In its rise to basic cable dominance, AMC’s lodestars have been two shows, Mad Men and Breaking Bad, whose storytelling could not be more different. Each show’s most recent season premiere is illustrative. Whereas Mad Men spent two leisurely hours leading up to a major plot twist (Don’s affair with Sylvia), Breaking Bad opted to open its kimono right from the get go, flashing us forward to Walt’s below the radar return to the ABQ on his 52nd birthday and a graffiti-strewn, condemned, and turned-into-a-skate-park horror show that was once his marital home. The outside is framed in chain-link fence and the inside has been stripped bare, a bright yellow HEISENBERG tag suggesting homage to the meth king of New Mexico. But Walt is not there to admire the scenery or watch the teenage boys who have turned his now empty pool into a half pipe, no, he’s there to secret away that tiny vial of ricin hidden in the electrical socket fixture in his former bedroom. His mission complete, it is left to former neighbor Carol to express what we as the audience feel: drop-your-groceries shock at what’s to come.
To Vince Gilligan’s credit, Blood Money plunged right into deep storytelling that had me gripping the remote harder than Hank grabbing the steering wheel after discovering Walt’s true identity. Indeed, the close-up of Dean Norris’s face as he struggles to process the big reveal neatly captured much of the episode’s vibe – a troubled façade covering a roiling wave of emotions. Walt’s ability to compartmentalize his ever-increasing viciousness became eerie over time, his lies and manipulations more difficult to justify even as he kept fooling the people around him. Now, those closest to him, Skylar and Jesse, do not even pretend to believe much of what he says. Walt may want to focus on the placement of pine scent air fresheners and European vacations, but Skylar is jaded enough to pick up the weird energy from Lydia, who lingers just a beat too long in the car wash. And while Walt ruminates on expanding their car wash empire, all Skylar can think of is the lifetime of money laundering that will be done to that incomprehensible pile of money sitting in long-term storage.
Meanwhile, the psychological toll of nestling under Walt’s wing appears to have broken young Jesse Pinkman, whose ego was slowly rebuilt after Gale’s murder, from his successful “cook” in Mexico to his role in spiriting Gus out of Don Eladio’s ranch and continuing after Gus’s demise by directing the purchase of equipment needed to set up Vamanos Pest Control and playing a key planning role in the methylamine train heist. But all that came to a tragic end when Todd put a bullet in young Drew Sharp’s chest. Since then, Jesse’s despondence has grown and he also knows Walt well enough now to know that Mike was part of the closing of loose ends even as Walt tries, begs, Jesse to believe otherwise.
Jesse’s predicament may, as he would put it, be Kafka-esque (yo) but he has struggled with a very simple concept from all the way back in Season 4’s “Problem Dog,” when, during one of Aaron Paul’s standout scenes, he asked rhetorically, “the thing is, if you just do stuff and nothing happens, what’s it all mean? What’s the point?” In the absence of a karmic (or prosecutorial) comeuppance, Jesse can’t accept that he “got away” with the things he cannot undo. Frustrated in his attempt to give his money to Mike’s granddaughter and Drew’s parents, he simply flings it, willy nilly, out his car window.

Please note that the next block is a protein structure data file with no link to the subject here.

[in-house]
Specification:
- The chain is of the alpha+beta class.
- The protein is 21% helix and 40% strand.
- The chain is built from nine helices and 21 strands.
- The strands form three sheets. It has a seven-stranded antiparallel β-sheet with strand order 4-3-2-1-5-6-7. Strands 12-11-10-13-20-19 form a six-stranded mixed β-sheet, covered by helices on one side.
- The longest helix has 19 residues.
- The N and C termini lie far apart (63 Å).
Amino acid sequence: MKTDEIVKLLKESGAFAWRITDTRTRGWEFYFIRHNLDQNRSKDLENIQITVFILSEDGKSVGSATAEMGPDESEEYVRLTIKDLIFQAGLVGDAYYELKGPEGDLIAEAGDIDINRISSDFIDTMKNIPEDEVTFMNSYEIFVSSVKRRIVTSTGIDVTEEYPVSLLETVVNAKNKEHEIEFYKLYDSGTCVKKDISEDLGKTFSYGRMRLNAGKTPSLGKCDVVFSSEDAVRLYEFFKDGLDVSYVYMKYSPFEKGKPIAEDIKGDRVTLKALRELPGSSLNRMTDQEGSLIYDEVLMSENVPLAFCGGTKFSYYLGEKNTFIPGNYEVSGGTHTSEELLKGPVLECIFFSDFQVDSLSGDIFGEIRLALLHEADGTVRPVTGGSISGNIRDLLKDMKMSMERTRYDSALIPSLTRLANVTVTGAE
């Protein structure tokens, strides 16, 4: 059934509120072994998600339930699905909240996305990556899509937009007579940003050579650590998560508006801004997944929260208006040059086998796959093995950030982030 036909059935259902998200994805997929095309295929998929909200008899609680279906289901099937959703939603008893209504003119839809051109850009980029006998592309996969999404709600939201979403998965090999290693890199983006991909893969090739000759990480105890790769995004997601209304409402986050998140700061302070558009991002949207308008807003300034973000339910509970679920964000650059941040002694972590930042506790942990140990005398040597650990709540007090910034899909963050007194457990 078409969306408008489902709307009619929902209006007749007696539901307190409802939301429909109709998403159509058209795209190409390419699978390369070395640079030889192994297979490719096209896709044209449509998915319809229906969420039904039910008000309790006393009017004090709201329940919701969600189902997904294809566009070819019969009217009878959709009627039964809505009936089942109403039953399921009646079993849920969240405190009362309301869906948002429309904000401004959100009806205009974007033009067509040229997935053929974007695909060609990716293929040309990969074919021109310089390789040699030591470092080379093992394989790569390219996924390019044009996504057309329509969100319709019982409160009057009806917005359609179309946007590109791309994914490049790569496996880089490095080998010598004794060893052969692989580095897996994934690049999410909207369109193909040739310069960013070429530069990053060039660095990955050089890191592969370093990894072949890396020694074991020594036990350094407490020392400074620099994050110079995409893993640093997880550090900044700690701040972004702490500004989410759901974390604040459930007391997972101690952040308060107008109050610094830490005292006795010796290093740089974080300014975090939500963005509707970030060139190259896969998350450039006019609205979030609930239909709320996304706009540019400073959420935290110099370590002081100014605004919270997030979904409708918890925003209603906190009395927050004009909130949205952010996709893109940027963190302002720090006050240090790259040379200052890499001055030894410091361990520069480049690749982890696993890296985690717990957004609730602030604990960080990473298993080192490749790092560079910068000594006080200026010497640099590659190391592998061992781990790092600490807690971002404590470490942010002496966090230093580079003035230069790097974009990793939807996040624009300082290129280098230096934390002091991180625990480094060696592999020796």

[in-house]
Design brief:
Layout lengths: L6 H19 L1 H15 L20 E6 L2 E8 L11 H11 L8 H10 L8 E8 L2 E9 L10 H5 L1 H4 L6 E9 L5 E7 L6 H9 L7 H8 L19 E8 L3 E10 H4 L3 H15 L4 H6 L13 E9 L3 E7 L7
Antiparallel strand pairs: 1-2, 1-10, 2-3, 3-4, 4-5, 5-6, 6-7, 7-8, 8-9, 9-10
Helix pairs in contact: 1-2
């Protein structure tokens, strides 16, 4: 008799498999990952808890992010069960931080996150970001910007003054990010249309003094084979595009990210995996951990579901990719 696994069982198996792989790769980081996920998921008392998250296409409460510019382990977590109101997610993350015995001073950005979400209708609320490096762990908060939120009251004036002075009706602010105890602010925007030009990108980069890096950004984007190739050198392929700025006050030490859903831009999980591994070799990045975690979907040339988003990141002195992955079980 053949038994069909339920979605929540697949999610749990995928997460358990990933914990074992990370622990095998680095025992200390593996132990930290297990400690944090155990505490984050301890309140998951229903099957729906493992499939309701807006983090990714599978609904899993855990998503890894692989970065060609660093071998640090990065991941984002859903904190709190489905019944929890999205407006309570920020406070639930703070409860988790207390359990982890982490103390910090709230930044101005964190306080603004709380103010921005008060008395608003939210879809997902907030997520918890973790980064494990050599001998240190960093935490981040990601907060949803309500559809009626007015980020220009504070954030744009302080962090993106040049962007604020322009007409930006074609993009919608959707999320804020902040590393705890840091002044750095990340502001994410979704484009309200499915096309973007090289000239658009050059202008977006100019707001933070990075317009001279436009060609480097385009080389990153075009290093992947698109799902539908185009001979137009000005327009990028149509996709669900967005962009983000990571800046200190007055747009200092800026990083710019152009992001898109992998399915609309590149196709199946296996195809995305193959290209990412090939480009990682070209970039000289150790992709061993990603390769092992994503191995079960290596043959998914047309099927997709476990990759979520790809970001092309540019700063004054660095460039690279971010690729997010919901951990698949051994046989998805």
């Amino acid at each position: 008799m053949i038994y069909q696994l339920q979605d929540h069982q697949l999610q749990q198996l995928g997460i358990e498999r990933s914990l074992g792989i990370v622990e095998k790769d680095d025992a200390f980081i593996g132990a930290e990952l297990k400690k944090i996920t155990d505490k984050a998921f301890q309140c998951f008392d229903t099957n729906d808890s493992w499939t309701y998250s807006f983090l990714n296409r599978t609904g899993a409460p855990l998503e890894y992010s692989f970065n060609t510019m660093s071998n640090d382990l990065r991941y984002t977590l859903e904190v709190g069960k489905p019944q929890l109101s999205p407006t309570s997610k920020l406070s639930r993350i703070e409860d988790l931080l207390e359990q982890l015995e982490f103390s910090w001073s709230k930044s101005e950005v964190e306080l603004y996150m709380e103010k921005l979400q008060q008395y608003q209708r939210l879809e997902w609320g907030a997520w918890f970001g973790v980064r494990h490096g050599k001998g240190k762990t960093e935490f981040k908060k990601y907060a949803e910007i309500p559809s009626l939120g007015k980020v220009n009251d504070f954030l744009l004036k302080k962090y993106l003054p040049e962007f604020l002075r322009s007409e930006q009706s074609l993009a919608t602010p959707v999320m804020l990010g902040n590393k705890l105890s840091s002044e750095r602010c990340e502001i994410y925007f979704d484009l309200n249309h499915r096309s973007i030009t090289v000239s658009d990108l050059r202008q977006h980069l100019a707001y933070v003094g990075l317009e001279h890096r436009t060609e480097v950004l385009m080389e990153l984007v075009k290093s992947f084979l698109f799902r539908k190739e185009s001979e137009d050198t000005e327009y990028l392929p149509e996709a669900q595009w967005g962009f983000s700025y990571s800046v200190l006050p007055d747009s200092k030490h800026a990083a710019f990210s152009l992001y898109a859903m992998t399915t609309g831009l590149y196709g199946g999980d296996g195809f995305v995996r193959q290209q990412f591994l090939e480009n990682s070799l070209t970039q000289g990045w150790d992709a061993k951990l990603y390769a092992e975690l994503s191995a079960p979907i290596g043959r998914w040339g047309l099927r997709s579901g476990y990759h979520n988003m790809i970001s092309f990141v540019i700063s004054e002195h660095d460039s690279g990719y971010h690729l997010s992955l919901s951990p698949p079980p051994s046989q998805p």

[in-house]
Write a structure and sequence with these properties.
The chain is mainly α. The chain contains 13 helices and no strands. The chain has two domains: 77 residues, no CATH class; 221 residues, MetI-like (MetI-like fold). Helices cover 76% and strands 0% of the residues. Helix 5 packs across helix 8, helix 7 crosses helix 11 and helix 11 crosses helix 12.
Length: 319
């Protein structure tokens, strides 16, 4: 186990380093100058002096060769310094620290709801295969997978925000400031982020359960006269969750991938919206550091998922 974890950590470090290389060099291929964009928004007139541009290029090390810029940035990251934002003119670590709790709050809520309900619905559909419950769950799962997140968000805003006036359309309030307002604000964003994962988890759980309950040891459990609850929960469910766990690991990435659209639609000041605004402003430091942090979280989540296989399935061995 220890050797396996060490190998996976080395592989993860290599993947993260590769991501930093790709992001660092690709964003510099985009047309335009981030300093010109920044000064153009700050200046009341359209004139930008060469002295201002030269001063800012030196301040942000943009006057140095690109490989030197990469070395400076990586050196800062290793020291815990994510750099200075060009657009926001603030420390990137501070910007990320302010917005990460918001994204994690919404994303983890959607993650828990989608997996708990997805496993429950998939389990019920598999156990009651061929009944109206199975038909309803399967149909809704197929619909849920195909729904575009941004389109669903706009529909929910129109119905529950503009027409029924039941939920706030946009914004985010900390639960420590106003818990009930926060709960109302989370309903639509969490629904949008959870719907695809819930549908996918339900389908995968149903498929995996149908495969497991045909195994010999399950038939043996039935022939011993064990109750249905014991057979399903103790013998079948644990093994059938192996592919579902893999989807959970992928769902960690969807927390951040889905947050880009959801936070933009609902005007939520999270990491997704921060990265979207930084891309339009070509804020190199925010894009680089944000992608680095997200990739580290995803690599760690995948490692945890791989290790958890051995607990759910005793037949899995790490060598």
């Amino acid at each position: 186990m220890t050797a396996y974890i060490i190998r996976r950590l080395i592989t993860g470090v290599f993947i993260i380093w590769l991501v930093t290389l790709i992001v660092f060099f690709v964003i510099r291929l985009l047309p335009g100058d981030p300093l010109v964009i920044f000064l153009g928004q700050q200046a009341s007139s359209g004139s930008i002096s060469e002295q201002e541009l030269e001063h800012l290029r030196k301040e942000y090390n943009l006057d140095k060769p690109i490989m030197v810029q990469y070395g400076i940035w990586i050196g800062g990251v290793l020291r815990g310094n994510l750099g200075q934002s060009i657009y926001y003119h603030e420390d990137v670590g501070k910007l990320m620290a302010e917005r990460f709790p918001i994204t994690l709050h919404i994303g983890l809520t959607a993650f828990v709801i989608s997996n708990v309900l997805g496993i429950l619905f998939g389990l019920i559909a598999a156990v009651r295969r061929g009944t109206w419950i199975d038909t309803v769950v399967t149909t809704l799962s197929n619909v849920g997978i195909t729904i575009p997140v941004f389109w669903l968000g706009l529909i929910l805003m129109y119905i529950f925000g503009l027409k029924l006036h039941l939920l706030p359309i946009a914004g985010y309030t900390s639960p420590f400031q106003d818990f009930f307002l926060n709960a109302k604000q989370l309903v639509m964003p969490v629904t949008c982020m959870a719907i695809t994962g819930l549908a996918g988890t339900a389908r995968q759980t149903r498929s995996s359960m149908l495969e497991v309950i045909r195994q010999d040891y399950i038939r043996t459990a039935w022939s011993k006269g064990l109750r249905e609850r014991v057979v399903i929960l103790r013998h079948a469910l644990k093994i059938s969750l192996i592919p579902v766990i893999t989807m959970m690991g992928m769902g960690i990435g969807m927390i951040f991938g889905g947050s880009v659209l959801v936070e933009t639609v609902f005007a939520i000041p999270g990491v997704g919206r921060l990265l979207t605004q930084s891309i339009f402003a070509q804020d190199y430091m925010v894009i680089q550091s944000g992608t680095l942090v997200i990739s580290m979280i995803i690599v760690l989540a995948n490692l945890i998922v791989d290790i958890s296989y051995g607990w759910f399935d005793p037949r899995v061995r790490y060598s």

If Jesse is playing Santa Claus to the impoverished, Hank is still the gritty bulldog who just would not let go of “Heisenberg” even after Gale and Gus’s deaths. For his doggedness, he is rewarded with an awful truth that will tear his family asunder and devastate those closest to him. With the “W.W.” piece in place, Hank quickly fills in the rest of the puzzle, offering us a “where are they now” montage of the now deceased and clues along the way that inextricably show Walt’s alter ego.
Of course, Hank is not the only one who knows how to do investigations. Walt discovers that Leaves of Grass has been taken from his home, setting off enough alarm bells that he checks the wheelbase of his Chrysler, where, sure enough, he finds one of Hank’s GPS trackers. When Walt goes to the Schrader residence, Hank can no sooner hide his revulsion at Walt than Walt can hide his smarter-than-thou tendencies in the episode’s climactic scene. The two go through a Kabuki dance of pretending that each is unaware of what the other knows, and while Walt probes and Hank dodges, it appears things will end in a stalemate, but Walt forces the issue, dinging Hank for pulling the same GPS ploy on him that they did on Gus. From two combatants warily circling each other, Hank goes full UFC, sucker punching Walt, pushing him up against the garage door, excoriating him (you can literally see the spit from Hank’s mouth hitting Walt in the face) for Walt’s litany of sins and releasing all the anger and fury he feels towards his brother-in-law.
While Walt is initially cowed, he quickly gains his sea legs, reminding Hank of the consequences of pursuing an investigation against a dying man (another reveal) who would never see the inside of a jail cell. More ominously, when Hank says he does not even know who Walt is; Walt cleverly inverts the cliché, suggesting to Hank that if that is true, he probably should not threaten him. Having bared their fangs and landed some initial blows, the two men retire to their corners, but we know there are more battles ahead.